Main Content

FAQ for Buyers

What’s the first step to buying a home?

The first and most important step is to speak with a mortgage professional. They can help you not only understand how much you can afford yet how much you really want to spend in a monthly payment. They can also go over scenarios of down payment options and what’s the best plan for you to take from a financial perspective. Knowing that a $10,000 in sales price increase will change your mortgage payment by a certain amount is very helpful when you are able to spend more yet thinking of paying less to keep you monthly payment down. This process does not take long at all and we can help get you connected with a trusted mortgage professional. They are a very important piece of this process and we need to make sure you are using someone that is knowledgeable and will ultimately help you finance and close on your new home.

What’s the next step to buying a home?

Once you know your numbers from the mortgage professional, then it’s time for us to meet! Based on what you are approved for and want to spend, we can create a home buying game plan around that. Not only do we need to know how much price point you want to spend, yet all of the other important criteria like area, property type (single family or townhome/condo), space information and more! We’ll then help set up a home search, help identify properties that would meet your needs and meet to show you them in person.

How long does it take to buy a home?

Once you have find the right home, made an offer and go officially under contract (all parties agree in writing), then it typically takes 30 days to close on a home. Sometimes we can push that time frame out and sometimes we can shorten it – depending on the situation at hand.

What is Earnest Money?

Earnest money is money that you put down as soon as you go under contract. Typically, this is 1% with resale homes. New construction is different and depends on the builder’s requirements and usually more than what is expected in the resale world. This money gets deposited immediately and held in an escrow account. It is then used at closing (upon the direction of your lender to the attorney) and will be used towards your bottom line number due at closing.

Is a new home better than a resale?

A new home is not necessarily better than a resale. In fact, new homes are averaging more per sq ft than a resale. With a new home, you are the first owners, and everything is brand new. With a resale, you may be the 2nd owner or more. The beauty of the resale home is the previous homeowners have done things to the home and property that may not have been done when they purchased such as blinds, landscaping, outdoor entertainment and fencing. All of those items add up and can become a benefit to you to purchase as a resale vs new. However, we do find there are certain home buyers that need new and sometimes that’s for allergy reasons or other things. So, bottom line, whatever is best for you! We can assist with any new home or existing (resale) home and will always be looking out for your best interest in the home purchase.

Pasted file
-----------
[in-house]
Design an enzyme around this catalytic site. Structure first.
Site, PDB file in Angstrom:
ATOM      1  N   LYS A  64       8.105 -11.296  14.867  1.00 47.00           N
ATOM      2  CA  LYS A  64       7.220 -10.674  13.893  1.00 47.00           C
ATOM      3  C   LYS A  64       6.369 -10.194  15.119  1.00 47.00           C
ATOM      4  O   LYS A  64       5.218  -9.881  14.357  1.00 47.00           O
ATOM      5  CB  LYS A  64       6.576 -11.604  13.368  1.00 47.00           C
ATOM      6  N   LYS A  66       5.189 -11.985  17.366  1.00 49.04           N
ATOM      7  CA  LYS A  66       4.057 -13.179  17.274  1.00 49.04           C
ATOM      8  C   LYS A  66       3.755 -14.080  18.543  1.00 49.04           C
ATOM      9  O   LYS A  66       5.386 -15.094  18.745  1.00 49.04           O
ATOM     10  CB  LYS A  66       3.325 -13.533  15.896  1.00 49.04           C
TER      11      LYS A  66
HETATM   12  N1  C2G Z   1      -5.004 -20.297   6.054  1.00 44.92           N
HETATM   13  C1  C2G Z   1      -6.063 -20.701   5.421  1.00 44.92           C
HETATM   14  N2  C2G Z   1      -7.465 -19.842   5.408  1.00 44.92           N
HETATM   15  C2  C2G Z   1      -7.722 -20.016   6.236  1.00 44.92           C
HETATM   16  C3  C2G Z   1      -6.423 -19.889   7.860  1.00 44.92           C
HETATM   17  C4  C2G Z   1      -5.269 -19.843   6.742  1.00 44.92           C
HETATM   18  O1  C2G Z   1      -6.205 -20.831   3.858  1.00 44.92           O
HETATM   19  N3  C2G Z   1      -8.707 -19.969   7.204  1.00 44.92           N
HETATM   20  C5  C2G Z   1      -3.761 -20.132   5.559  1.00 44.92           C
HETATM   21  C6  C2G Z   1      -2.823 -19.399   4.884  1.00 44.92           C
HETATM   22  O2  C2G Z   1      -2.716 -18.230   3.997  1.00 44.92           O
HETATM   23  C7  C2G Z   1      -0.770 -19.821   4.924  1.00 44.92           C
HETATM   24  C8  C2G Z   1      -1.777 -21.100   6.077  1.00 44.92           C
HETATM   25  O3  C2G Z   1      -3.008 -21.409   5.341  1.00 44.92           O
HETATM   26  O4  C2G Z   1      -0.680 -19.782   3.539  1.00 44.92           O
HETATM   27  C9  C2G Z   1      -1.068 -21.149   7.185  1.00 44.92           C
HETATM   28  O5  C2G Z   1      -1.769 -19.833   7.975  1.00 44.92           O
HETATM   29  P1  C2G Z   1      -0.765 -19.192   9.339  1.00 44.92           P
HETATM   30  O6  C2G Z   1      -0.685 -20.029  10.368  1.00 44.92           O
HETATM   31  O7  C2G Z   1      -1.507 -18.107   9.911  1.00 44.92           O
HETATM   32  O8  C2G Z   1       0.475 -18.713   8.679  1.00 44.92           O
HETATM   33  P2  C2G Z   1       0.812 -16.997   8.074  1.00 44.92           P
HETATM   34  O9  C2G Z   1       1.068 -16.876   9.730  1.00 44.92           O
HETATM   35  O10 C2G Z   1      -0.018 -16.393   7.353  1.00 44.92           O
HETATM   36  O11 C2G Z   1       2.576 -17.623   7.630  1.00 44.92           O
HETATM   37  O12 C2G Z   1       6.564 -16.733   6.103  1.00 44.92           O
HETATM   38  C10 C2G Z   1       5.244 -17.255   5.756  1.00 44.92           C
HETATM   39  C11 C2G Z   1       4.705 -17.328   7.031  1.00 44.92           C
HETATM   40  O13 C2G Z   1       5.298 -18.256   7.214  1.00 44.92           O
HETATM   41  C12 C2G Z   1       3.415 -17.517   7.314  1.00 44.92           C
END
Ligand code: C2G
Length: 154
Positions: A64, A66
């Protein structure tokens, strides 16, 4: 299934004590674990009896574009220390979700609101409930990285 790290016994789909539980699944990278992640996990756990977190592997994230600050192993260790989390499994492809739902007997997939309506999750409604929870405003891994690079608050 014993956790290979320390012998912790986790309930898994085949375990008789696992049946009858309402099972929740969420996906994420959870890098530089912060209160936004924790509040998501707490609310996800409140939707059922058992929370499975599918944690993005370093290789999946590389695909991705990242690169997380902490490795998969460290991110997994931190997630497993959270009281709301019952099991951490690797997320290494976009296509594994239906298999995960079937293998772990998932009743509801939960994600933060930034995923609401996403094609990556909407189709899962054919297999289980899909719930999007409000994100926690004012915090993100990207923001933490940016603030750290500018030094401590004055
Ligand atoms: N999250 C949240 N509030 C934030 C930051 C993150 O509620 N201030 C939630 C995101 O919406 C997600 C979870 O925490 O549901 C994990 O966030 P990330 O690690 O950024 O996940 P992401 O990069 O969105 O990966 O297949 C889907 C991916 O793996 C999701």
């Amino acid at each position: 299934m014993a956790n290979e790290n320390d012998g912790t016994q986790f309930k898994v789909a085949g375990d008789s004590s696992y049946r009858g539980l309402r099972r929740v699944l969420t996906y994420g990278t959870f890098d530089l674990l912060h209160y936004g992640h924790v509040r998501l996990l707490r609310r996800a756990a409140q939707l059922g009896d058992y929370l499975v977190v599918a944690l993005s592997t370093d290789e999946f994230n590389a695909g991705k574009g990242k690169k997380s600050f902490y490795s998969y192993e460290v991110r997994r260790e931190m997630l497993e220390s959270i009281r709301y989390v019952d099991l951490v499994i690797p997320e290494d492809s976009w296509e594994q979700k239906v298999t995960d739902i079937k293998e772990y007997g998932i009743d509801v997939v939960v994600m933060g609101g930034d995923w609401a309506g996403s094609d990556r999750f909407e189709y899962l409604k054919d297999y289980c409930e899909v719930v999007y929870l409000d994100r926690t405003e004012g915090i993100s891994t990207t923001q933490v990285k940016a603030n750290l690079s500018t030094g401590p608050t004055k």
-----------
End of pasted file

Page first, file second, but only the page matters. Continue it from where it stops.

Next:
What happens if the home does not appraise?

With a resale, you will have an appraisal contingency of anywhere between 21-30 days (whatever is negotiated when you make an offer and go under contract). The lender will need to have the appraisal performed with report back and delivered to you before your appraisal contingency has expired. If in the event the appraisal came in lower than the sales price, we can go back to the seller and request a reduction in sales price. That is all negotiable as well. The seller may agree or may request that you assist with some of the difference. You have the ability to walk away if you cannot come to an agreement and receive a full refund of your earnest money if you are within your appraisal contingency period.

What are closing costs?

Your mortgage professional will share with you all the numbers for closing costs. Closing costs are lumped into two categories in their mind which are the fees you pay for the mortgage side and the fees that are paid to set up the escrow accounts (pre-paid taxes and insurance) if you are not putting down 20%. You can still escrow if you put down 20% yet you do not have to. So, when a real estate agent says, “closing costs” the agent is referring to all the fees so make sure that the lender has broken down all of your fees that could be part of your closing. This will help you understand what money you will need to bring to closing above and beyond your down payment and will help us if we want to negotiate that the seller pays some of your closing costs as part of the transaction.

Let's Talk